Don't wait if you see developmental concerns in your child
Daily News - 4/1/2018
Autism spectrum disorder is a complex developmental disability that affects a person's ability to communicate and interact with others. Signs typically appear during early childhood, and one in 68 children are diagnosed in the United States each year.
The American Academy of Pediatrics recommends autism-specific screenings to be performed on all children at 18-month and 24-month well-child visits, but children as young as 12 months can be screened.
Autism spectrum disorder is defined by a set of behaviors that affects individuals differently and to varying degrees. While there is no known single cause, increased awareness and early diagnosis/intervention coupled with access to appropriate services and supports lead to significantly improved outcomes.
Parents know their children best. If your child is not meeting the milestones of his or her age or if you have concerns about the way your child plays, learns, speaks, acts and moves, tell your child's doctor as soon as possible.
The Centers for Disease Control and Prevention has a free milestone tracker app available online at https://www.cdc.gov/ncbddd/actearly/milestones-app.html.
Some behaviors associated with autism include:
Delayed learning of language.Difficulty making eye contact or holding a conversation.Difficulty with executive functioning.Narrow, intense interests.Poor motor skills.Sensory sensitivities.
A person on the spectrum might follow many of these behaviors or just a few. The diagnosis of autism spectrum disorder is applied based on analysis of all behaviors and their severity.
In April, also known as Autism Awareness Month, several community events will be held.
Autism Family Night will be from 4 to 7 p.m.April 17 at Chick-fil-A, 1766 Campbell Lane. A group of volunteers and professionals from LifeSkills, WKU Renshaw Early Childhood Center (Big Red School), Graves Gilbert Clinic, First Steps and the Autism and Asperger Support Group of Bowling Green will provide families with free autism screenings for children ages 12 months to 5 years. There will be goody bags for all who complete a screening on-site and fun crafts for children.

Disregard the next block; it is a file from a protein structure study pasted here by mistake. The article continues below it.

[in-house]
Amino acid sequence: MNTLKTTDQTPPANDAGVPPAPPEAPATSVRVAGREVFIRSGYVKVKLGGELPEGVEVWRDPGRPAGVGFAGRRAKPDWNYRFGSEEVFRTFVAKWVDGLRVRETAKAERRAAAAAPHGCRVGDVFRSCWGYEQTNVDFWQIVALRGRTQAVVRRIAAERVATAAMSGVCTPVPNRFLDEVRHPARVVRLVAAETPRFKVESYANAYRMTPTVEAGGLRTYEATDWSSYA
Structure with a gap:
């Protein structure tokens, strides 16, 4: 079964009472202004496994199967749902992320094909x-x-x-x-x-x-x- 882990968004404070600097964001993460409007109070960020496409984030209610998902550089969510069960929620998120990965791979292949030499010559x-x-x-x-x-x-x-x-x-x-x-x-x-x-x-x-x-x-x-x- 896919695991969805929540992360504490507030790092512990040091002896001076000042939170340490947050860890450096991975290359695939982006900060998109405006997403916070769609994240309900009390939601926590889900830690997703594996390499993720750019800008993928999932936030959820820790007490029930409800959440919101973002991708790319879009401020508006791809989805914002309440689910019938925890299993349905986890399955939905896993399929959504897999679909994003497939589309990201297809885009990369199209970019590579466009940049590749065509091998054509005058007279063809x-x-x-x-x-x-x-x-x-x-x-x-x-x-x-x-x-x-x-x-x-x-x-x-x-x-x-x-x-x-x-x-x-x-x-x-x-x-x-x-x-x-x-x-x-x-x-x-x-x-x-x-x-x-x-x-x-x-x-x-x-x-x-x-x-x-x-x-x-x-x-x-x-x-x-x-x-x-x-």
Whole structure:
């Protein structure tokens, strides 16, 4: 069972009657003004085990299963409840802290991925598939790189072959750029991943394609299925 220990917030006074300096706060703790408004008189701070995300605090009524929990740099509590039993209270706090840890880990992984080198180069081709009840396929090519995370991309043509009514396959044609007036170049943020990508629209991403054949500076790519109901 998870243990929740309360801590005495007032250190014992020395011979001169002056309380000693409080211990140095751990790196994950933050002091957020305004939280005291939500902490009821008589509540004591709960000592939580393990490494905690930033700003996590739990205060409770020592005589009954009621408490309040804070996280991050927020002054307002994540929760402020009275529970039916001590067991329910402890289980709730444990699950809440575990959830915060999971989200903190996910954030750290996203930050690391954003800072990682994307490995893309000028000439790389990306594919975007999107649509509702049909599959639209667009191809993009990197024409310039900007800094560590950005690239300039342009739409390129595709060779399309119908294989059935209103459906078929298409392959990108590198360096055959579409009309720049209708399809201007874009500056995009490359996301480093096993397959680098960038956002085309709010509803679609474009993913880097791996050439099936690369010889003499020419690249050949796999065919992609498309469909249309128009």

Screenings include a series of yes-or-no questions for parents to answer and it only takes a few minutes ? well worth the time and effort for those who may be wondering about their child's developmental progress. Results will be scored right away so parents will know immediately if there is a need for follow-up care. Professionals will be on hand to connect them to the best services and resources. A parent or legal guardian must be present. For more information call 270-535-6571.
LifeSkills' Run/Walk for Autism will be April 21 at Bowling Green Ballpark, 300 Eighth Ave. Pre-registration pickup for this event is available from 4 to 6 p.m.April 20 at Suzanne Vitale Clinical Education Complex at WKU.
On April 21, on-site sign-in and registration will be from 6:30 to 7:30 a.m. Free parking is available at the parking structure at Stadium Park Plaza. There will be a 4-mile run at 8 a.m.; a 1-mile kid's fun run at 9 a.m.; and a 1-mile family walk at 9:30 a.m. For more information or to register, click on the LifeSkills Run for Autism link at wku.edu/wkucec.